Tom Clancy died today. He was 66 years old.
He might not seem like a likely influence for a writer like me, but I'm here to tell you that he was. Kind of a big influence, actually.
I first read Clancy's The Hunt for Red October flying out to Wisconsin as a college freshman. I flew out to school alone, with little more than a backpack and a suitcase (I've told many people how I arrived at my dorm without a pillow, believing in some odd way that they'd have pillows for us).
I started reading Red October in the terminal waiting to board. I read most of the way on the plane -- this was in 1991, and e-books were little more than a twinkle in some science fiction writers' eyes.
I got to my room, realized just how dumb I was, pillow-wise, and after heading down to search for a store where I could buy one, resumed reading.
This was a hell of a book. I'd read military thrillers before. Clive Cussler was big with my father, and he and I would devour Dirk Pitt's adventures, but Tom Clancy was a new one for me.
I sat reading on my unmade bed, leaning against my brand new pillow (which I still have somewhere), and might well have spent my entire first night at school in that fashion if one of my neighbors hadn't come knocking on my door. There was a party happening in the suite on the corner, would I like to come?
I didn't give it much thought -- the book would still be there in the morning -- and that party led pretty directly to meeting a good number of people I spent the next four years being friends with.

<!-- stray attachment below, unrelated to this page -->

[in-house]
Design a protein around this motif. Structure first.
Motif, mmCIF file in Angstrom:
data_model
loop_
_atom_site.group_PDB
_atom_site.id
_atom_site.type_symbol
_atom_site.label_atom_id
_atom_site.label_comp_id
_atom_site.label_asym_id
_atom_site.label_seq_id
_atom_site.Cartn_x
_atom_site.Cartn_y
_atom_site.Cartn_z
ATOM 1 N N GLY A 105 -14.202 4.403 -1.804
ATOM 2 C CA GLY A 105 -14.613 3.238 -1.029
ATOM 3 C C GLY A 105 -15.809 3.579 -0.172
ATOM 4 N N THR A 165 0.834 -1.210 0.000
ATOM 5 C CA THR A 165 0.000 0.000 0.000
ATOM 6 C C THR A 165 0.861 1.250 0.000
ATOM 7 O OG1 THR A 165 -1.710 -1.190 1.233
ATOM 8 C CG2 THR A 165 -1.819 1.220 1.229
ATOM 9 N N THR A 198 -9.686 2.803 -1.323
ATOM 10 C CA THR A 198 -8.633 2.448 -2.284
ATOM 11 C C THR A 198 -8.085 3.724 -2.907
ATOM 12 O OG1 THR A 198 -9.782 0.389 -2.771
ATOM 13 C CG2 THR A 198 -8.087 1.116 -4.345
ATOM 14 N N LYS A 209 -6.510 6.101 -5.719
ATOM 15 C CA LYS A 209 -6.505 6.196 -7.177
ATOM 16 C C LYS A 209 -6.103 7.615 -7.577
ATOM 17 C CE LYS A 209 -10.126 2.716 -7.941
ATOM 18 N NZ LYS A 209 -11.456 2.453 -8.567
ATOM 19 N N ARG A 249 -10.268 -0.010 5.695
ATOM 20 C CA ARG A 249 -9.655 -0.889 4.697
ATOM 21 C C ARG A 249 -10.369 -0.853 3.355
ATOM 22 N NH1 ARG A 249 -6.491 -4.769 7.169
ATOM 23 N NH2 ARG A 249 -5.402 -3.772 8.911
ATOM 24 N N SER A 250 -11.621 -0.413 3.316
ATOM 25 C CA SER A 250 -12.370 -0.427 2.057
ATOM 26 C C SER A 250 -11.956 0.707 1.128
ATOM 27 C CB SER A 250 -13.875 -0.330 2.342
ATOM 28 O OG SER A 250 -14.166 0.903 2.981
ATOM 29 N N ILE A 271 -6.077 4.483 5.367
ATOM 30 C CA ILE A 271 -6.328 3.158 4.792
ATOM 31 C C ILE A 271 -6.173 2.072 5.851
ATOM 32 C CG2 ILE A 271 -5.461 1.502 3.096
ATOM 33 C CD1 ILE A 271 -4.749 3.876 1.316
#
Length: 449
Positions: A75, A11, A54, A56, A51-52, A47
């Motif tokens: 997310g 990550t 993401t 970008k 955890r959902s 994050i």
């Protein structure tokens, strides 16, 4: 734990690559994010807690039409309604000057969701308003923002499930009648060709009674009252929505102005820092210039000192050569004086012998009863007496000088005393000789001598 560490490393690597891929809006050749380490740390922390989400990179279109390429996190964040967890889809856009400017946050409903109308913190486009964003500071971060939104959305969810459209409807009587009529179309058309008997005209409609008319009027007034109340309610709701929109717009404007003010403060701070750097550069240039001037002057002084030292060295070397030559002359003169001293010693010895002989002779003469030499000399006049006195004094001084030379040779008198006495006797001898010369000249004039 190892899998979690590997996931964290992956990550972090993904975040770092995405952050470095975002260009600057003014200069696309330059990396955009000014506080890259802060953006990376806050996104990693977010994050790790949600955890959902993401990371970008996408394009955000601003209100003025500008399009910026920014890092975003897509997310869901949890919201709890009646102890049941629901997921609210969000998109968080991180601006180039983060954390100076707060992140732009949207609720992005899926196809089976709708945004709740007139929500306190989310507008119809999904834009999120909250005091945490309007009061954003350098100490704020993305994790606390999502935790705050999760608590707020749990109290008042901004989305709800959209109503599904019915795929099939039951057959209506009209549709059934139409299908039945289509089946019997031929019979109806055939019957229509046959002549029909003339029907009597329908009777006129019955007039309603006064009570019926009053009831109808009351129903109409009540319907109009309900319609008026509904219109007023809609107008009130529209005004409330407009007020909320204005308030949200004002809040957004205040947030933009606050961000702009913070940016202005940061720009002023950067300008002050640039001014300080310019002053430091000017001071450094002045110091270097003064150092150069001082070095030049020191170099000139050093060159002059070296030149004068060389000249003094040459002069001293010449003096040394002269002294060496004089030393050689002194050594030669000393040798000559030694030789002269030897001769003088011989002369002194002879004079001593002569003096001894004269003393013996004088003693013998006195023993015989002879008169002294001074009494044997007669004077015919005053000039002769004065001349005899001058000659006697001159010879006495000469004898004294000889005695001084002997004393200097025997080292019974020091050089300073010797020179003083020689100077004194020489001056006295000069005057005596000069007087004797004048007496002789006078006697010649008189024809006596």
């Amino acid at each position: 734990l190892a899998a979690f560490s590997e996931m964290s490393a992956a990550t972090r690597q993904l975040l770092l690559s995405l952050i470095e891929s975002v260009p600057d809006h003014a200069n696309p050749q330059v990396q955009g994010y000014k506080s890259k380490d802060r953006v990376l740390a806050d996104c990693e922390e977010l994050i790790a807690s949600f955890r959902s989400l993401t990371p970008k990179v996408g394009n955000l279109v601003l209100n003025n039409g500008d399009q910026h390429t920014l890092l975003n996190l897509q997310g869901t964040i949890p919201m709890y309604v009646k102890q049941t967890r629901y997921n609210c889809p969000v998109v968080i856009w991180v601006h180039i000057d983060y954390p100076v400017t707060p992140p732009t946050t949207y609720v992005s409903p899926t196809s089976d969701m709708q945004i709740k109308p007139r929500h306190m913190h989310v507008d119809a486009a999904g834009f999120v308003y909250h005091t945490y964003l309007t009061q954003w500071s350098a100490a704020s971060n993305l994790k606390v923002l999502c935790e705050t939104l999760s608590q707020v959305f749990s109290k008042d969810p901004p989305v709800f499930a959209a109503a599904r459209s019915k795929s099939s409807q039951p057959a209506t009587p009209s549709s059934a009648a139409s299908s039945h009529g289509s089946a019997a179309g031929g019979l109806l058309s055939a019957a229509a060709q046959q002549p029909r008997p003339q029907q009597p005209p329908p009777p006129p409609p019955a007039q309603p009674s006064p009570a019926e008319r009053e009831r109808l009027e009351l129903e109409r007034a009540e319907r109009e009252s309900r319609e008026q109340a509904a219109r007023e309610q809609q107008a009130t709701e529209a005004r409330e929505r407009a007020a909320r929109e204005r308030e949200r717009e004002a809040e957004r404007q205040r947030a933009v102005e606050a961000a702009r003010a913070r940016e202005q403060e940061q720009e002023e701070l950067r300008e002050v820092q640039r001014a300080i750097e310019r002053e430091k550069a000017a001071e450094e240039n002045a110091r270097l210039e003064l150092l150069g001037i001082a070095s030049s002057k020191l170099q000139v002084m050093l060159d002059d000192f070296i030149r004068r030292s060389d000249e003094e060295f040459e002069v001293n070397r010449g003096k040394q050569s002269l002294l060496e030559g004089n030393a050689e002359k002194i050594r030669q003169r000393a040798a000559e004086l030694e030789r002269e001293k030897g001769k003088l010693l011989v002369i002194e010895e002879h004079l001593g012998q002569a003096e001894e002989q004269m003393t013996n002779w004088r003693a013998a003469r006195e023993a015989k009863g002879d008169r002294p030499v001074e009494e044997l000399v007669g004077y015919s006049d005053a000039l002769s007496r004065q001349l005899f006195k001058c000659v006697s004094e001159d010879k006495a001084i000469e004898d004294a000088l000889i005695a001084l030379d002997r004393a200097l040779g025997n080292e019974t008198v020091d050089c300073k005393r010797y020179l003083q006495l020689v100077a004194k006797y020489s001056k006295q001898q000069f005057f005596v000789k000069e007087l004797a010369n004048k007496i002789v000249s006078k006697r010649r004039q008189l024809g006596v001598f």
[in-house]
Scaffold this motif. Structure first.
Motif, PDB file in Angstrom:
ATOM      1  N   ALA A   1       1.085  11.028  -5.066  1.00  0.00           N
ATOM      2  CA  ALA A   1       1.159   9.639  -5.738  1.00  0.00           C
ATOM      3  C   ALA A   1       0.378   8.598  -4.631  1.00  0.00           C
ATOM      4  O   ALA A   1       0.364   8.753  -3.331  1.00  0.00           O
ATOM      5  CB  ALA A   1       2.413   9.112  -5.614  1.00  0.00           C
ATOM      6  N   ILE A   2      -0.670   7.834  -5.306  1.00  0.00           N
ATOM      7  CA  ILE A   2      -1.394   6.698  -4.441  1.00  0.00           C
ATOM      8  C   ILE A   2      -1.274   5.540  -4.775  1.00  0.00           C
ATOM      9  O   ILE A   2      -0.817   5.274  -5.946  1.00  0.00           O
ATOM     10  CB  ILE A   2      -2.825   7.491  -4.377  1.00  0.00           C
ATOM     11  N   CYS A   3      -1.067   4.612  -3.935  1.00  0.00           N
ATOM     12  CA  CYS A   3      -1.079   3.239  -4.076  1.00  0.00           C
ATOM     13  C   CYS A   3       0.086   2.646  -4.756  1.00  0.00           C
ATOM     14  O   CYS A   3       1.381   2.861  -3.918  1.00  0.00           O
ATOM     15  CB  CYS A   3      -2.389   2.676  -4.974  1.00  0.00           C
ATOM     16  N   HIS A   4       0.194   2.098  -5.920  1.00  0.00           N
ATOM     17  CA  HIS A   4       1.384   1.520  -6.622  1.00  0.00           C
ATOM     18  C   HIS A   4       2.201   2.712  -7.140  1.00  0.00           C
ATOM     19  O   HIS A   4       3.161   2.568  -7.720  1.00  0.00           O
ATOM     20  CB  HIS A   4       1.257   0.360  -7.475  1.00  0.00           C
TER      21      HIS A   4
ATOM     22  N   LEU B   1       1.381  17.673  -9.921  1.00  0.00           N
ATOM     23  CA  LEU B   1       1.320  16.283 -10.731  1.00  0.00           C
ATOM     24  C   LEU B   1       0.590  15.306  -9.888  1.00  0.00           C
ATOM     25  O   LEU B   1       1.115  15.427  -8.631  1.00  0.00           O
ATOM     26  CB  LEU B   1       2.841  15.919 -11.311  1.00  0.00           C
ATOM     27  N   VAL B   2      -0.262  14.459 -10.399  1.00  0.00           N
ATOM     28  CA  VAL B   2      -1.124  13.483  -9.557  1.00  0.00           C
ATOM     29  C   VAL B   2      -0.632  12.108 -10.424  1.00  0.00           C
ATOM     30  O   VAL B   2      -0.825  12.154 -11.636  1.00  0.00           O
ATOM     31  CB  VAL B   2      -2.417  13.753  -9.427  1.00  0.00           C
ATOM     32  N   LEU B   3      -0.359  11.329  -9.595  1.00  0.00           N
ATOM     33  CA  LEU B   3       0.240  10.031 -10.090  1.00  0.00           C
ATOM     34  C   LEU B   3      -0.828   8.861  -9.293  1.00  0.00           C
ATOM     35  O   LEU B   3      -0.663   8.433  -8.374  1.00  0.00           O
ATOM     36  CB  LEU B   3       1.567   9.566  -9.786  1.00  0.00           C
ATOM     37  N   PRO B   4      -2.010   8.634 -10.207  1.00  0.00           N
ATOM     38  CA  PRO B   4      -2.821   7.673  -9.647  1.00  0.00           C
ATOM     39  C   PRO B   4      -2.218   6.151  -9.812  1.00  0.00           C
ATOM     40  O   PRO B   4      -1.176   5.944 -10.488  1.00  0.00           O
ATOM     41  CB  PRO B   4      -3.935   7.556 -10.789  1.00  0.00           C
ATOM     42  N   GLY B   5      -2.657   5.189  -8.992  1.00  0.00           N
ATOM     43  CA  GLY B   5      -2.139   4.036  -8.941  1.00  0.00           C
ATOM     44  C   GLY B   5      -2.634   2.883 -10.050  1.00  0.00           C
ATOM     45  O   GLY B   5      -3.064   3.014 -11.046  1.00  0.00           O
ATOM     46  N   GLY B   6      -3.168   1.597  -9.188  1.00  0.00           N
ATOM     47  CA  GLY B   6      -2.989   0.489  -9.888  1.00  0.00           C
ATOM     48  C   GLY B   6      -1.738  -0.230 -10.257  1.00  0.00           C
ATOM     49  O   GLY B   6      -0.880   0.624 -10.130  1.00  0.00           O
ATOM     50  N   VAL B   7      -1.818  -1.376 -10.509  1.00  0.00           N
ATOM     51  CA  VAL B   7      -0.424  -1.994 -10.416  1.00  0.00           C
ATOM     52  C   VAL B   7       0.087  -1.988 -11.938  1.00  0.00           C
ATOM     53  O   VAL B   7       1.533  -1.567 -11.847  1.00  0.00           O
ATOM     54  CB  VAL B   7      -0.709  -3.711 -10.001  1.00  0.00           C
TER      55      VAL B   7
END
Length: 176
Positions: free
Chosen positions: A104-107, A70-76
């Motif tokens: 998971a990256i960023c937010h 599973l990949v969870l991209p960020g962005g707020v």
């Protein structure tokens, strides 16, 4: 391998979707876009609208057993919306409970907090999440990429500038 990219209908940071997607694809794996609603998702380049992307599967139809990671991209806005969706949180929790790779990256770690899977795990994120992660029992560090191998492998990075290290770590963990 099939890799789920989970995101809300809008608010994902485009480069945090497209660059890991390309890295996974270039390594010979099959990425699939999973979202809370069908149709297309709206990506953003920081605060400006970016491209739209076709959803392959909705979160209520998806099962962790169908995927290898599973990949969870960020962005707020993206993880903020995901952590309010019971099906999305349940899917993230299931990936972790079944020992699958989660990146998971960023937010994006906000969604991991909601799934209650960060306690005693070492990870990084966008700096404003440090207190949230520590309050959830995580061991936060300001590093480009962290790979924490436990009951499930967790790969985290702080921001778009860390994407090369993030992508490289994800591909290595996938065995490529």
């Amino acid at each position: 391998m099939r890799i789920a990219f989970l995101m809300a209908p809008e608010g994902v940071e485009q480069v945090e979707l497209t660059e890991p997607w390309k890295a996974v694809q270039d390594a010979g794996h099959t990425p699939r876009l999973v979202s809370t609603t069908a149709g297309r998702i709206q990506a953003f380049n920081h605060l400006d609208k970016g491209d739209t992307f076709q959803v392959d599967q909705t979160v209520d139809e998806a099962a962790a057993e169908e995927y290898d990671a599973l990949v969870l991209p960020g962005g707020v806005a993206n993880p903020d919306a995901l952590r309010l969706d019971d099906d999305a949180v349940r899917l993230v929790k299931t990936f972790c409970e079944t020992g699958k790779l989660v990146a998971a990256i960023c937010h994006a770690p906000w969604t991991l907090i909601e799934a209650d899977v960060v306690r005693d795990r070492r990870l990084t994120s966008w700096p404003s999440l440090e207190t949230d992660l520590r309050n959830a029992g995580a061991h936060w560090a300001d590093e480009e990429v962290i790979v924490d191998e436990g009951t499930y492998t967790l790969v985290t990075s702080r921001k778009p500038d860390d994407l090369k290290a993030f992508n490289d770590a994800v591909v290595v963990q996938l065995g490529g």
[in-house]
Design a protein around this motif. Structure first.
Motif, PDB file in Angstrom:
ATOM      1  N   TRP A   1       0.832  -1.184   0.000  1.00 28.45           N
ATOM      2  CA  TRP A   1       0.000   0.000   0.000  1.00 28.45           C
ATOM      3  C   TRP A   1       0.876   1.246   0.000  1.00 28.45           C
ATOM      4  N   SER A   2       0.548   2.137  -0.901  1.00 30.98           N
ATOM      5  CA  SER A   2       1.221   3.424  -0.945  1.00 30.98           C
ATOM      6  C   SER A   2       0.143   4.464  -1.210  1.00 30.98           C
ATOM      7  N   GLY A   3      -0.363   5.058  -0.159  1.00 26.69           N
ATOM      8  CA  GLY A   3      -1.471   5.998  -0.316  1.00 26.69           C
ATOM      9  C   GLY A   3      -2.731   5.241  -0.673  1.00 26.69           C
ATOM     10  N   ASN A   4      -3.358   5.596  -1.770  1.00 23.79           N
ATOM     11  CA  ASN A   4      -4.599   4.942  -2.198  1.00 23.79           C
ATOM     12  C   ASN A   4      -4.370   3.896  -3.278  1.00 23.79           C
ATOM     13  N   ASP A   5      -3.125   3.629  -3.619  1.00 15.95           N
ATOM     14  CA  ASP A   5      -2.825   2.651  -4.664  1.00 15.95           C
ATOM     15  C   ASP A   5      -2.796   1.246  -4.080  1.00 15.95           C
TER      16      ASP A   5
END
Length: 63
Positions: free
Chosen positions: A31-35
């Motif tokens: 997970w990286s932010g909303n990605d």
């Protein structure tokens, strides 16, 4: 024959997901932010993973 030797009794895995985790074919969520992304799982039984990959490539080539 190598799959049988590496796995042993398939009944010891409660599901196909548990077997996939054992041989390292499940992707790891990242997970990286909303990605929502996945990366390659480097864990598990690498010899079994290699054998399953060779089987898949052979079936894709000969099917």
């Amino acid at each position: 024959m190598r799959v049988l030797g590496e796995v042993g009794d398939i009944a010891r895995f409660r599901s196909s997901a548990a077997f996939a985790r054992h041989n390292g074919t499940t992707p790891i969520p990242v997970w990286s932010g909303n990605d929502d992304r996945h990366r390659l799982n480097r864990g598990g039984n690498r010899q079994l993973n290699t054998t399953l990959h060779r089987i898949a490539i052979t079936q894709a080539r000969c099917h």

And -- listen -- I'm not going to tell you I spent the whole night pining away for that book. Because I didn't. And just like that I'd made some new friends, which led to some more new friends. I finished Red October a day or two later -- fully engrossed while I was reading it -- but that's not what stuck with me.
It's the first book I read heading out into the world as a burgeoning adult. That it's a great book is somehow secondary; that book brought me to college.
I picked up Red October again last year. This was during the editing of The Seven Markets and I grabbed it for the Kindle, thinking it might be nice to revisit the book. I might have watched the movie a month or so before; I can't remember exactly.
Here's what I do remember:
There's a sequence of events in the book where Clancy describes what the Russian sailors, evacuating their submarine, would now go through after being rescued by an American ship. Their interrogations. The offers to remain in the US, if they liked. The hardships they'd face upon returning to the (then) Soviet Union.
Was this detail necessary to the story? Not in the least. But the details really stuck with me. They struck a cord in my mind about another book I'd been tossing around in my head (and which I'm hoping to begin working on in 2014), Painted Ocean.
Ocean is nothing like a book Clancy would have written, but I'll still owe him a debt. A lot of my main character was created as I considered what those Russian submariners would go through before they found themselves settled and on dry land again.
I can't explain it more than that because, right now, this moment, my main character, Simon Cole, only exists in my head and in the notes I've written about him. But when I do get to tell his story, some of his DNA is going to come from Tom Clancy, The Hunt for Red October, and that bit he wrote about the Russian sailors and the hardships they would now face.
Thank you, Tom. Thank you and good sailing.